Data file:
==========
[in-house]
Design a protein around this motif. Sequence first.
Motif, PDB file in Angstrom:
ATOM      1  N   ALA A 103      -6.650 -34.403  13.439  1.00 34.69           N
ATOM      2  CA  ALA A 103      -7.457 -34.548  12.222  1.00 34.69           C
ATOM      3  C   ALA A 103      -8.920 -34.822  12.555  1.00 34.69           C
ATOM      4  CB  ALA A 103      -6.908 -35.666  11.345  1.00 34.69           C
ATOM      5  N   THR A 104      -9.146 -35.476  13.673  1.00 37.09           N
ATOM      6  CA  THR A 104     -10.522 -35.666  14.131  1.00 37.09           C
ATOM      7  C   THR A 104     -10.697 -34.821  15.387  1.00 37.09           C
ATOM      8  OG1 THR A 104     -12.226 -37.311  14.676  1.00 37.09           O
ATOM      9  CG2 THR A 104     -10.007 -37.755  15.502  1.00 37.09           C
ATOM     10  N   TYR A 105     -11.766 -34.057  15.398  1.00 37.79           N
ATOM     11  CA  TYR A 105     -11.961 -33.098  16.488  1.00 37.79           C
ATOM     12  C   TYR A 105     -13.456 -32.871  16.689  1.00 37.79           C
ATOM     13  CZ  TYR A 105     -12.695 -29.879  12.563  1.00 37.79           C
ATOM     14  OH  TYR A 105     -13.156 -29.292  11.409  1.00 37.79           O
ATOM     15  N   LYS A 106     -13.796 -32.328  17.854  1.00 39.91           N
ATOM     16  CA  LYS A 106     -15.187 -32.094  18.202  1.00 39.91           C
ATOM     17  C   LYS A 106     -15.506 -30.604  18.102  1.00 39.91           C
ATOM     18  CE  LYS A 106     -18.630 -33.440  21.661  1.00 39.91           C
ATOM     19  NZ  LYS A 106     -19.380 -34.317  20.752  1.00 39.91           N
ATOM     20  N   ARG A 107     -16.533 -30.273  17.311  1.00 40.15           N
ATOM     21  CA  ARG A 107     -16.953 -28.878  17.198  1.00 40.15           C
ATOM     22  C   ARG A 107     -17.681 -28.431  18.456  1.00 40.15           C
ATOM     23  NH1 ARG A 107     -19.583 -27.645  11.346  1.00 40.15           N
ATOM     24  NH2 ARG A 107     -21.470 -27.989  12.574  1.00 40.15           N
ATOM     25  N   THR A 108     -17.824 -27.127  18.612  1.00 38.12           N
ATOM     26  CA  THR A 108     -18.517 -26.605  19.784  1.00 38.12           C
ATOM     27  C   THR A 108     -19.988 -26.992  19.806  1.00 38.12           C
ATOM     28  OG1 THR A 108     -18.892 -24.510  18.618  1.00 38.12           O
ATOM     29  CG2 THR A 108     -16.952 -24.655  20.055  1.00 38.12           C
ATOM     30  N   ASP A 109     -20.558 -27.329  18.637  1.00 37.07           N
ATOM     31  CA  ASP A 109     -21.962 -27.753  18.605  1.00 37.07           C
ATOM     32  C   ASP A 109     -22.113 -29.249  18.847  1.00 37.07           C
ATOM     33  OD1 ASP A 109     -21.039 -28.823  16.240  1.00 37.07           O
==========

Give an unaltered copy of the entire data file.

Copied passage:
[in-house]
Design a protein around this motif. Sequence first.
Motif, PDB file in Angstrom:
ATOM      1  N   ALA A 103      -6.650 -34.403  13.439  1.00 34.69           N
ATOM      2  CA  ALA A 103      -7.457 -34.548  12.222  1.00 34.69           C
ATOM      3  C   ALA A 103      -8.920 -34.822  12.555  1.00 34.69           C
ATOM      4  CB  ALA A 103      -6.908 -35.666  11.345  1.00 34.69           C
ATOM      5  N   THR A 104      -9.146 -35.476  13.673  1.00 37.09           N
ATOM      6  CA  THR A 104     -10.522 -35.666  14.131  1.00 37.09           C
ATOM      7  C   THR A 104     -10.697 -34.821  15.387  1.00 37.09           C
ATOM      8  OG1 THR A 104     -12.226 -37.311  14.676  1.00 37.09           O
ATOM      9  CG2 THR A 104     -10.007 -37.755  15.502  1.00 37.09           C
ATOM     10  N   TYR A 105     -11.766 -34.057  15.398  1.00 37.79           N
ATOM     11  CA  TYR A 105     -11.961 -33.098  16.488  1.00 37.79           C
ATOM     12  C   TYR A 105     -13.456 -32.871  16.689  1.00 37.79           C
ATOM     13  CZ  TYR A 105     -12.695 -29.879  12.563  1.00 37.79           C
ATOM     14  OH  TYR A 105     -13.156 -29.292  11.409  1.00 37.79           O
ATOM     15  N   LYS A 106     -13.796 -32.328  17.854  1.00 39.91           N
ATOM     16  CA  LYS A 106     -15.187 -32.094  18.202  1.00 39.91           C
ATOM     17  C   LYS A 106     -15.506 -30.604  18.102  1.00 39.91           C
ATOM     18  CE  LYS A 106     -18.630 -33.440  21.661  1.00 39.91           C
ATOM     19  NZ  LYS A 106     -19.380 -34.317  20.752  1.00 39.91           N
ATOM     20  N   ARG A 107     -16.533 -30.273  17.311  1.00 40.15           N
ATOM     21  CA  ARG A 107     -16.953 -28.878  17.198  1.00 40.15           C
ATOM     22  C   ARG A 107     -17.681 -28.431  18.456  1.00 40.15           C
ATOM     23  NH1 ARG A 107     -19.583 -27.645  11.346  1.00 40.15           N
ATOM     24  NH2 ARG A 107     -21.470 -27.989  12.574  1.00 40.15           N
ATOM     25  N   THR A 108     -17.824 -27.127  18.612  1.00 38.12           N
ATOM     26  CA  THR A 108     -18.517 -26.605  19.784  1.00 38.12           C
ATOM     27  C   THR A 108     -19.988 -26.992  19.806  1.00 38.12           C
ATOM     28  OG1 THR A 108     -18.892 -24.510  18.618  1.00 38.12           O
ATOM     29  CG2 THR A 108     -16.952 -24.655  20.055  1.00 38.12           C
ATOM     30  N   ASP A 109     -20.558 -27.329  18.637  1.00 37.07           N
ATOM     31  CA  ASP A 109     -21.962 -27.753  18.605  1.00 37.07           C
ATOM     32  C   ASP A 109     -22.113 -29.249  18.847  1.00 37.07           C
ATOM     33  OD1 ASP A 109     -21.039 -28.823  16.240  1.00 37.07           O